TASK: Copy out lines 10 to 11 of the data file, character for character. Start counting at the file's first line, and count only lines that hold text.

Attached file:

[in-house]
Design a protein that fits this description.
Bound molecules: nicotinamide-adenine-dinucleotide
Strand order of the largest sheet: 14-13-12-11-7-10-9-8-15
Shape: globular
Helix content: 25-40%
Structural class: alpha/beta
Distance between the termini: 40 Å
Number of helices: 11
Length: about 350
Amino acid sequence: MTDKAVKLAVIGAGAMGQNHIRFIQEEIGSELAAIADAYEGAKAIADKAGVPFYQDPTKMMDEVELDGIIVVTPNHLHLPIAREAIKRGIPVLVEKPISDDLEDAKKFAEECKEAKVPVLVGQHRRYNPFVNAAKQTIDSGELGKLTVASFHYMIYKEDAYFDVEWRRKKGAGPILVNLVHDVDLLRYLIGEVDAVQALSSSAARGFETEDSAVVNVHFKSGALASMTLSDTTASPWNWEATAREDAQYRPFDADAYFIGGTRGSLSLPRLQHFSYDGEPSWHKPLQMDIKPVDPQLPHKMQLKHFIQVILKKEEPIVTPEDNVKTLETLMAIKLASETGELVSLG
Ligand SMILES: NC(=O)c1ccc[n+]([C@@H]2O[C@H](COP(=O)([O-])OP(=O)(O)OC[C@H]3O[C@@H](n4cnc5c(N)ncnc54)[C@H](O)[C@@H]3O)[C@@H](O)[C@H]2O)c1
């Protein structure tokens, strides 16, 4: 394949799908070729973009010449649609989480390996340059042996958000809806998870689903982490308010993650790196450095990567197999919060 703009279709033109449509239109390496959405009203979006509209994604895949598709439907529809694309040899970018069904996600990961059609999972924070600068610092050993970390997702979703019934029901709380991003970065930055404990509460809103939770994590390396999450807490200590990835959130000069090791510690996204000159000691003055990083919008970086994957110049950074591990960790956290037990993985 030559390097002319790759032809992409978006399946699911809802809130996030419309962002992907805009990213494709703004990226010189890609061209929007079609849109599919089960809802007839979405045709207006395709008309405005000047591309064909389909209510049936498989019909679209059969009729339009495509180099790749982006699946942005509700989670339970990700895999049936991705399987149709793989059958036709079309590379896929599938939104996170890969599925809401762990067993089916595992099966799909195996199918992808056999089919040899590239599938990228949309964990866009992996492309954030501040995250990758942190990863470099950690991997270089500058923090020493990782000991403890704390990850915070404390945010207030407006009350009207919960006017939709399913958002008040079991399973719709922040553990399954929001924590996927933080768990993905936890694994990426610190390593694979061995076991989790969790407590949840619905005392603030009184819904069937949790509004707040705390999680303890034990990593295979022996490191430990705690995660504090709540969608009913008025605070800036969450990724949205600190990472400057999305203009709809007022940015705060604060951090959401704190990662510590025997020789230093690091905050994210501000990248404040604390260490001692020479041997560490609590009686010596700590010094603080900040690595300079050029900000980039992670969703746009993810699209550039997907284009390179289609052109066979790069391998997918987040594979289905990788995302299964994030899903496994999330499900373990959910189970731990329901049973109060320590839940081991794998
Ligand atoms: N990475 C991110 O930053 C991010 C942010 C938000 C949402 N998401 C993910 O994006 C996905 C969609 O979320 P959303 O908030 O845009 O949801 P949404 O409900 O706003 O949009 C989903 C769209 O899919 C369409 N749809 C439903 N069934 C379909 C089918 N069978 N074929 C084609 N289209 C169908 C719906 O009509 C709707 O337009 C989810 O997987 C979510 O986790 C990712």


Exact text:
Length: about 350
Amino acid sequence: MTDKAVKLAVIGAGAMGQNHIRFIQEEIGSELAAIADAYEGAKAIADKAGVPFYQDPTKMMDEVELDGIIVVTPNHLHLPIAREAIKRGIPVLVEKPISDDLEDAKKFAEECKEAKVPVLVGQHRRYNPFVNAAKQTIDSGELGKLTVASFHYMIYKEDAYFDVEWRRKKGAGPILVNLVHDVDLLRYLIGEVDAVQALSSSAARGFETEDSAVVNVHFKSGALASMTLSDTTASPWNWEATAREDAQYRPFDADAYFIGGTRGSLSLPRLQHFSYDGEPSWHKPLQMDIKPVDPQLPHKMQLKHFIQVILKKEEPIVTPEDNVKTLETLMAIKLASETGELVSLG